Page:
Proposals for an automatic suspension of sales of any fund on Sweden’s PPM platform where assets exceed those gathered ex-platform has been rejected by the Swedish Investment Fund Association.
This is one of some 30 proposals put forward by the platform’s operator the Swedish Pensions Agency, which was tasked by the government with developing new rules to increase investor protection and improve the quality of funds available, following a scandal involving funds ported onto the platform using EU regulations, but which left investors out of pocket (see below).
The Investment Fund Association said it supported all the other proposals in principle, because its members feel that only serious players in the industry should have access to the platform through which a portion of compulsory long term savings (pensions) are directed and which facilitates self-selection of funds by those working and paying taxes in Sweden.
Association chief executive Fredrik Nordström said that the proposal rejected by his trade body would, if adopted, mean that some of the best and most popular funds would be closed to future investments.
“That would blindly hit funds that are being managed well today and that have both lower fees and better returns than the average. That would be the opposite to strengthening consumer protection,” he said.
Elsewise, the proposals put forward by the Pensions Agency include banning telephone sales of funds on the PPM platform, a requirement for a minimum of three years of history for both the fund and the fund company, and a ceiling on the share of the fund’s capital that is represented by PPM investments.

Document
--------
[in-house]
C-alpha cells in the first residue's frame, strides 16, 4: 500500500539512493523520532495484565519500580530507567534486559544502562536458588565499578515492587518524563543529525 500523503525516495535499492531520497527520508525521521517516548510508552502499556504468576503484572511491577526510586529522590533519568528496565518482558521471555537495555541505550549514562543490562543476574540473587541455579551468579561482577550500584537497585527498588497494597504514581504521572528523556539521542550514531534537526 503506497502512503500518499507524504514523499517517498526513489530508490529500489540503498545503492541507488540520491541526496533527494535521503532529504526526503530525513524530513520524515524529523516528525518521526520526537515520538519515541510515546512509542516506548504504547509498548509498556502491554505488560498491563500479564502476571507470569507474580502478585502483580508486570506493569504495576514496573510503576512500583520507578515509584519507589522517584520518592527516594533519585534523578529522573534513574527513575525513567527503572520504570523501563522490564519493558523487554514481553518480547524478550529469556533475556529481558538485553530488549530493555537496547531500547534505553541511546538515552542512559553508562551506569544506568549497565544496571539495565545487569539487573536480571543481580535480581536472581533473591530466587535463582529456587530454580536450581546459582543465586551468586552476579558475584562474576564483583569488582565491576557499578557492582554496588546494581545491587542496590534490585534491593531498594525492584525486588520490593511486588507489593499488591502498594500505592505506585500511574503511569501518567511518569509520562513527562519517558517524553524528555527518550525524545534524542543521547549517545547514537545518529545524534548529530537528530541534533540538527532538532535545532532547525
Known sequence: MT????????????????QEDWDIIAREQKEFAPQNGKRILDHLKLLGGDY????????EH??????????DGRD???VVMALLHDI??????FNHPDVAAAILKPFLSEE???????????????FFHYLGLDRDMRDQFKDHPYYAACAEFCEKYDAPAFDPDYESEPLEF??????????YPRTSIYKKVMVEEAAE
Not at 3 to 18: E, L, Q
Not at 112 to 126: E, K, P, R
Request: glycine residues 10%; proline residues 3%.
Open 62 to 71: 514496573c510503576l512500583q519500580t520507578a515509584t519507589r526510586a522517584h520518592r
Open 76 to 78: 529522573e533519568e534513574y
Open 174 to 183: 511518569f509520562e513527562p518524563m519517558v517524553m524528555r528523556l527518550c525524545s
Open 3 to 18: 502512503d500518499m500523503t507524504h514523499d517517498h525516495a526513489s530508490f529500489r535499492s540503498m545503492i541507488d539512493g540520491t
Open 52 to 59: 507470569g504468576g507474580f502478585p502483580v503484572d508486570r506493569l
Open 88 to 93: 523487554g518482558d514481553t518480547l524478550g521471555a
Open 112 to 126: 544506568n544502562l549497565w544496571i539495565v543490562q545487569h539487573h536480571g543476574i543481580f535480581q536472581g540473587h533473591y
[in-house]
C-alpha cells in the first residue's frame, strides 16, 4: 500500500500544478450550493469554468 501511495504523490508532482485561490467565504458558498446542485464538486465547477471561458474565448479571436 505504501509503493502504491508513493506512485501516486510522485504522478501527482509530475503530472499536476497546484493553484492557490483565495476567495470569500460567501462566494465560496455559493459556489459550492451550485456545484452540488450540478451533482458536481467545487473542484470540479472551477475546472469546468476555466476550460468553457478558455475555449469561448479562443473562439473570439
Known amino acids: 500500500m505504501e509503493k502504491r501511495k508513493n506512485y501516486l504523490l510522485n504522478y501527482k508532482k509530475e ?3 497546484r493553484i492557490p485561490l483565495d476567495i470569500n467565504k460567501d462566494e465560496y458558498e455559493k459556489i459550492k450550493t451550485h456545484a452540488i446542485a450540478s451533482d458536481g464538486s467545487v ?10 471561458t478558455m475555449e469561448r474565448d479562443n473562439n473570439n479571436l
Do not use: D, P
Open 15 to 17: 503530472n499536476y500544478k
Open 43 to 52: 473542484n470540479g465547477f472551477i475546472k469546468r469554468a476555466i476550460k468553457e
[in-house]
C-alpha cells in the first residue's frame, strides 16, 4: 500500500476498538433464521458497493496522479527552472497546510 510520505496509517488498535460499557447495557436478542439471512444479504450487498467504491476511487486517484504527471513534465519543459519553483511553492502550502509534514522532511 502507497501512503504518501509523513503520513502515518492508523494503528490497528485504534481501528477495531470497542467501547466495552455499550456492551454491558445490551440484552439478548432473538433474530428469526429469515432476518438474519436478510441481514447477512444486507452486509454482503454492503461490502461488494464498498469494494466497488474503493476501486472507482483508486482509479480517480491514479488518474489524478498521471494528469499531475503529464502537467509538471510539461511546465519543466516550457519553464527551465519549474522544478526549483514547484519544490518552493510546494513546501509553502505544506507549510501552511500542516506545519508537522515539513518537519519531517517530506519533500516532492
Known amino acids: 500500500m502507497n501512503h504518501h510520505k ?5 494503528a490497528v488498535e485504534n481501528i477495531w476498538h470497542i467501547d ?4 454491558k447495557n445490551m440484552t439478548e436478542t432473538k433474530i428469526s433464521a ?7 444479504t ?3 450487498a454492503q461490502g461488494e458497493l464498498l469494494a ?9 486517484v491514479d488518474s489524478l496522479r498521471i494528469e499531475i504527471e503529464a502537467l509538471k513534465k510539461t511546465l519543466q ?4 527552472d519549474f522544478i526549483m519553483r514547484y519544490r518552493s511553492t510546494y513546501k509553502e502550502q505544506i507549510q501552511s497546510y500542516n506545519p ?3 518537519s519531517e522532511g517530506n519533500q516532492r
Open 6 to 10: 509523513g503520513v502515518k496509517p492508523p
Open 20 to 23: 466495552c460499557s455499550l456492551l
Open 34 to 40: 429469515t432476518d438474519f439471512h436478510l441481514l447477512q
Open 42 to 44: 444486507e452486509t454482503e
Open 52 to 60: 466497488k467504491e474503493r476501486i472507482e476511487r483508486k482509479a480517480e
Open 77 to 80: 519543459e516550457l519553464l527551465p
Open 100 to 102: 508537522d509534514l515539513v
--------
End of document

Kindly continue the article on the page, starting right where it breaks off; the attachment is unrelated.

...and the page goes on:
The Agency has proposed a minimum level of fund assets of SEK500m (€51m) before a fund be allowed to list on the platform, and the development of an advisory board, including representatives of the fund industry, to tackle questions around PPM.
The future of the PPM platform has been queried since news broke over the past year of problems with authorised and regulated fund providers and their funds.
This has taken Swedish economic crime investigators to Malta as part of the ongoing investigation into how assets were handled by Falcon Funds Sicav plc – the Pensions Agency announced in October 2016 that it had made a complaint to the Swedish Economic Crime Authority, and the Malta FSA in January 2017 announced that it had appointed a competent person to oversee the liquidation of Falcon’s three funds affected. At the time, the Pensions Agency said that SEK1bn (€102m) of investors’ money was still missing.
It also follows guidance from Sweden’s courts as to the limits or not of the Pensions Agency’s authority in stopping the listing of funds on the PPM platform and trading in shares of funds that might already be on the platform. This came after the Pensions Agency stopped trading in funds of Allra; the fund provider sought to overturn the decision via the courts, but pending a decision by a higher court, it was announced on 5 May that Ålandsbanken would take over the management of Allra’s funds, before initiating a controlled transfer of assets to its own funds. Ålandsbanken said the takeover was partly based on its experience of jumping in to take over assets of former Icelandic financial institution Kaupthing’s Swedish arm Kaupthing Sverige in 2009, after the group collapsed during the global financial crisis.